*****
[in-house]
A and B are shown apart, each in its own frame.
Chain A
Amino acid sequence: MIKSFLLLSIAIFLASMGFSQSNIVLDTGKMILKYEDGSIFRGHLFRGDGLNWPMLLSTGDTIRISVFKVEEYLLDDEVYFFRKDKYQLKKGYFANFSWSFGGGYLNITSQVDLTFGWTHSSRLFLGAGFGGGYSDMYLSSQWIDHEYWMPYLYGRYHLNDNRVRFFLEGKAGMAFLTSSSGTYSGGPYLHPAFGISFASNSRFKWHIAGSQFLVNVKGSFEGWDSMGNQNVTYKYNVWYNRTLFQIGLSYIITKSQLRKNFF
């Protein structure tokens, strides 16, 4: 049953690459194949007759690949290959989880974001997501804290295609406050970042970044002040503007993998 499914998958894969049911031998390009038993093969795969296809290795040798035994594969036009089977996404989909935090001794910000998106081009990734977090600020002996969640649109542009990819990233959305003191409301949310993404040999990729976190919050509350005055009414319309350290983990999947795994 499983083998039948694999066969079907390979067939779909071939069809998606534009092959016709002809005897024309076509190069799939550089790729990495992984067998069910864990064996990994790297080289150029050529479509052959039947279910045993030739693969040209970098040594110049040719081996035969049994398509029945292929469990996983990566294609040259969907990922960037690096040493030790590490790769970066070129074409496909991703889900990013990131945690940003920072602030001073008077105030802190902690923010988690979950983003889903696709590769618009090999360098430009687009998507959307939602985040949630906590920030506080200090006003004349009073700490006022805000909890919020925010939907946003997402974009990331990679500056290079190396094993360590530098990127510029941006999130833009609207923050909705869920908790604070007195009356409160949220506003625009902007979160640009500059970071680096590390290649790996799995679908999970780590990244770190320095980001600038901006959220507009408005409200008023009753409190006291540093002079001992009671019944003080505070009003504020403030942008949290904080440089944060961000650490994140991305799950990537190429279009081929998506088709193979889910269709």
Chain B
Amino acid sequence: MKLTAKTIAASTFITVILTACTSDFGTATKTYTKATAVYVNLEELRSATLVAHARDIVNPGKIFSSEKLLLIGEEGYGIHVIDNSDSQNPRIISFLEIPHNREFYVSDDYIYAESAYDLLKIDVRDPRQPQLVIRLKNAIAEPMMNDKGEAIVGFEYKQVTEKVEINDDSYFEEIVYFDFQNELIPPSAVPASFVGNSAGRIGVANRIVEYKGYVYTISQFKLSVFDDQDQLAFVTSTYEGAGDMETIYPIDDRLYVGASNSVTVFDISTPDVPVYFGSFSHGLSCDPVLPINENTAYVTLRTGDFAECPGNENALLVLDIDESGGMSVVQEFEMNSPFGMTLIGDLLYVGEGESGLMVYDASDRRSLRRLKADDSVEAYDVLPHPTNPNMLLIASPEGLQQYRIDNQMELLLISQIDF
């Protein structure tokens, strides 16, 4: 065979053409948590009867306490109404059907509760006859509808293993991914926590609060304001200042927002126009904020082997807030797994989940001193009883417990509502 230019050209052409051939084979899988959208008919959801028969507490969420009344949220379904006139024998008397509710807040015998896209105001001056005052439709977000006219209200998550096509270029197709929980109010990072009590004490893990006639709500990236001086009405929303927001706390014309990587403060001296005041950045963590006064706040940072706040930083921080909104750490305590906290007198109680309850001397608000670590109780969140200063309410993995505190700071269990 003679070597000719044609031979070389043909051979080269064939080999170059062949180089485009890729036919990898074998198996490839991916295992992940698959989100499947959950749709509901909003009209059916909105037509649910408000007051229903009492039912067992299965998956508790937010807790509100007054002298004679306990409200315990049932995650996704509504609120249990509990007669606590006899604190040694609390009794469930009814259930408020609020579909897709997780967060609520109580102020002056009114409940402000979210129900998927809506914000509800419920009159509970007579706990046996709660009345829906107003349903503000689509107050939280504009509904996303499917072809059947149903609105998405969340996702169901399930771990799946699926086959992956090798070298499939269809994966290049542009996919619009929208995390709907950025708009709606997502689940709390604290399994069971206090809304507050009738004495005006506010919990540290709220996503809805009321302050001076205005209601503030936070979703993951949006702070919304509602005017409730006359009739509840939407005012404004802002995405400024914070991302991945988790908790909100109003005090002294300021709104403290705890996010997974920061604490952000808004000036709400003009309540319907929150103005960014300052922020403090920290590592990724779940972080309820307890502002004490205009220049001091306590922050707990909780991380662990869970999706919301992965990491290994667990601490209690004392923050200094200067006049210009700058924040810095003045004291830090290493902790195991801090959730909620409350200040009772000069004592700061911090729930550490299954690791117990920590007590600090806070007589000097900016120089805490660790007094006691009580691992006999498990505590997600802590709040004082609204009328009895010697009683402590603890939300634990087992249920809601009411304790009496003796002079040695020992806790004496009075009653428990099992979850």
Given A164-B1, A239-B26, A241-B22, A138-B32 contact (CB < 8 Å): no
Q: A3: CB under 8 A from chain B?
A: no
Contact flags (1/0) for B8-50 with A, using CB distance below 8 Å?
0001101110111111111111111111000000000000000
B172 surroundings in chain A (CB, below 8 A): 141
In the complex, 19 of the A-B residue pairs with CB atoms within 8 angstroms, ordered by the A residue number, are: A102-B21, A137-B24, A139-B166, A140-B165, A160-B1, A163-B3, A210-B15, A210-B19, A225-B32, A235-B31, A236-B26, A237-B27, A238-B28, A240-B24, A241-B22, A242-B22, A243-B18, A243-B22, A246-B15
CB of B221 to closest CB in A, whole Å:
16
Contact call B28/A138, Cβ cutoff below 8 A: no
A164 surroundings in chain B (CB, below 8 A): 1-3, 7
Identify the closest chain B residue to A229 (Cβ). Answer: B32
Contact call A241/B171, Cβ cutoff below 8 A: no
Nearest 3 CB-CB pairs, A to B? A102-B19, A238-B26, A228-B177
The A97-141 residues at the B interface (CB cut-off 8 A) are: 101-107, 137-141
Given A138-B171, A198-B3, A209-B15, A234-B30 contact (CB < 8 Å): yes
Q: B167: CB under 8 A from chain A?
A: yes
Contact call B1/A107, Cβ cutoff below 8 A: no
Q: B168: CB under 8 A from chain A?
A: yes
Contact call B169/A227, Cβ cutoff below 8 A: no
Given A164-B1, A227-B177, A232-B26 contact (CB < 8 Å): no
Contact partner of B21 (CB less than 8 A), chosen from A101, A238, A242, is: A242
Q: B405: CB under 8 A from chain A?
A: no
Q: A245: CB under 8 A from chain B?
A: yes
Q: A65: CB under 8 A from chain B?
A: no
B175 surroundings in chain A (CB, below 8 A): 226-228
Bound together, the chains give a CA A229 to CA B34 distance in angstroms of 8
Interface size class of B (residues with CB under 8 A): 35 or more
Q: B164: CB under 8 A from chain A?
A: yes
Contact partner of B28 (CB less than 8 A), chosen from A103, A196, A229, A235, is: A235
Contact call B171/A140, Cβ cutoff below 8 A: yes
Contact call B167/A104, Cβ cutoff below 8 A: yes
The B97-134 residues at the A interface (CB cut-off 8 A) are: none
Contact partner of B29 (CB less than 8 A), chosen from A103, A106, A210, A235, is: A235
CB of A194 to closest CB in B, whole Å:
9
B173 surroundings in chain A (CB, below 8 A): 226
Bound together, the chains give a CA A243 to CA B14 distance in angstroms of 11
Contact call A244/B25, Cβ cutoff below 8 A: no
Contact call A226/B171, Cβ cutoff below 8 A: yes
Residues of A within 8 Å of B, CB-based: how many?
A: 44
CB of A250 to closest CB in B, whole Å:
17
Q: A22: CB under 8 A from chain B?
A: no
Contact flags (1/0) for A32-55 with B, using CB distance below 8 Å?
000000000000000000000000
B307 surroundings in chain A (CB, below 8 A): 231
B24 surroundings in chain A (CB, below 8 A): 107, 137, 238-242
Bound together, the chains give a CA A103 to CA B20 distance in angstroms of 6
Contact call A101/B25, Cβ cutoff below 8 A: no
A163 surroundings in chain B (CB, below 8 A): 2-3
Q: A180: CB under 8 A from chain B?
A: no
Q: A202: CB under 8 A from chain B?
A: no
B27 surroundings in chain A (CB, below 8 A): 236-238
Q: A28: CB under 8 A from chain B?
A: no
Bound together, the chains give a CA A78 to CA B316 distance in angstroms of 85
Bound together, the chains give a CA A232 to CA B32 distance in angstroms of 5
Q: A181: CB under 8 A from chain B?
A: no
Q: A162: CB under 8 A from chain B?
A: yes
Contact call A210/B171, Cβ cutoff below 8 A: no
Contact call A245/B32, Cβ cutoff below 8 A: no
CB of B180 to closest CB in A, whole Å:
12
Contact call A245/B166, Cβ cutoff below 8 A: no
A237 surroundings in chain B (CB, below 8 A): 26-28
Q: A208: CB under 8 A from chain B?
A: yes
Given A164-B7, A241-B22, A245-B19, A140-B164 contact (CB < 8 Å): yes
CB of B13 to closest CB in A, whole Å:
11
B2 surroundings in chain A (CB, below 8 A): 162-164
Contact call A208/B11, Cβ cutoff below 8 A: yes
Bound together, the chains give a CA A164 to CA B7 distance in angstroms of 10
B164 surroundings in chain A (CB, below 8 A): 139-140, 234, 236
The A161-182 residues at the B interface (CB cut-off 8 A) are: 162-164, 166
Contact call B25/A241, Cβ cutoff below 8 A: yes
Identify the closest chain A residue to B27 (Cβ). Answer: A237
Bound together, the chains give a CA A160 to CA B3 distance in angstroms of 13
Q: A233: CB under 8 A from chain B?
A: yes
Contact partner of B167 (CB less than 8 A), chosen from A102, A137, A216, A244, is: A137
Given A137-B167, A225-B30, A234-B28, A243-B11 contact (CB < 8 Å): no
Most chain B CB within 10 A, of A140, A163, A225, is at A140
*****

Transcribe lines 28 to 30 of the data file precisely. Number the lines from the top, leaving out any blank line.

Q: B168: CB under 8 A from chain A?
A: yes
Contact call B169/A227, Cβ cutoff below 8 A: no